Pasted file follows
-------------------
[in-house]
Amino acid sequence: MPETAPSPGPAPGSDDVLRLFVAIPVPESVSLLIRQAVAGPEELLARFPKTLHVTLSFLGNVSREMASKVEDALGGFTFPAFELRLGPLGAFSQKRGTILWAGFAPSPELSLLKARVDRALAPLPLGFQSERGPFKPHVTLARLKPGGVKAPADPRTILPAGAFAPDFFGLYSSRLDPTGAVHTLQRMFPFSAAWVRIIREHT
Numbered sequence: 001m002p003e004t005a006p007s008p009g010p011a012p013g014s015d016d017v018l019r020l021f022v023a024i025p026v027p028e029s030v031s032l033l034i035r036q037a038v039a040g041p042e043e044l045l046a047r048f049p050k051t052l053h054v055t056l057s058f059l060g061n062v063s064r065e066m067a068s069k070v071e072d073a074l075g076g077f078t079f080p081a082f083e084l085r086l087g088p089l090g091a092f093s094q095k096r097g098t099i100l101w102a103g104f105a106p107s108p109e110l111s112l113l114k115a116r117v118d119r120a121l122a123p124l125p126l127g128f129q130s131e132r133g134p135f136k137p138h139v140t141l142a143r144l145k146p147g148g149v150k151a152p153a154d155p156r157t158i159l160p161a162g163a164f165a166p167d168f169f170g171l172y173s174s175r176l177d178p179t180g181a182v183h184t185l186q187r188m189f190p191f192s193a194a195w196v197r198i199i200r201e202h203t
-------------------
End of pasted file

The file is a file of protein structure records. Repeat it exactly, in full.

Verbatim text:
[in-house]
Amino acid sequence: MPETAPSPGPAPGSDDVLRLFVAIPVPESVSLLIRQAVAGPEELLARFPKTLHVTLSFLGNVSREMASKVEDALGGFTFPAFELRLGPLGAFSQKRGTILWAGFAPSPELSLLKARVDRALAPLPLGFQSERGPFKPHVTLARLKPGGVKAPADPRTILPAGAFAPDFFGLYSSRLDPTGAVHTLQRMFPFSAAWVRIIREHT
Numbered sequence: 001m002p003e004t005a006p007s008p009g010p011a012p013g014s015d016d017v018l019r020l021f022v023a024i025p026v027p028e029s030v031s032l033l034i035r036q037a038v039a040g041p042e043e044l045l046a047r048f049p050k051t052l053h054v055t056l057s058f059l060g061n062v063s064r065e066m067a068s069k070v071e072d073a074l075g076g077f078t079f080p081a082f083e084l085r086l087g088p089l090g091a092f093s094q095k096r097g098t099i100l101w102a103g104f105a106p107s108p109e110l111s112l113l114k115a116r117v118d119r120a121l122a123p124l125p126l127g128f129q130s131e132r133g134p135f136k137p138h139v140t141l142a143r144l145k146p147g148g149v150k151a152p153a154d155p156r157t158i159l160p161a162g163a164f165a166p167d168f169f170g171l172y173s174s175r176l177d178p179t180g181a182v183h184t185l186q187r188m189f190p191f192s193a194a195w196v197r198i199i200r201e202h203t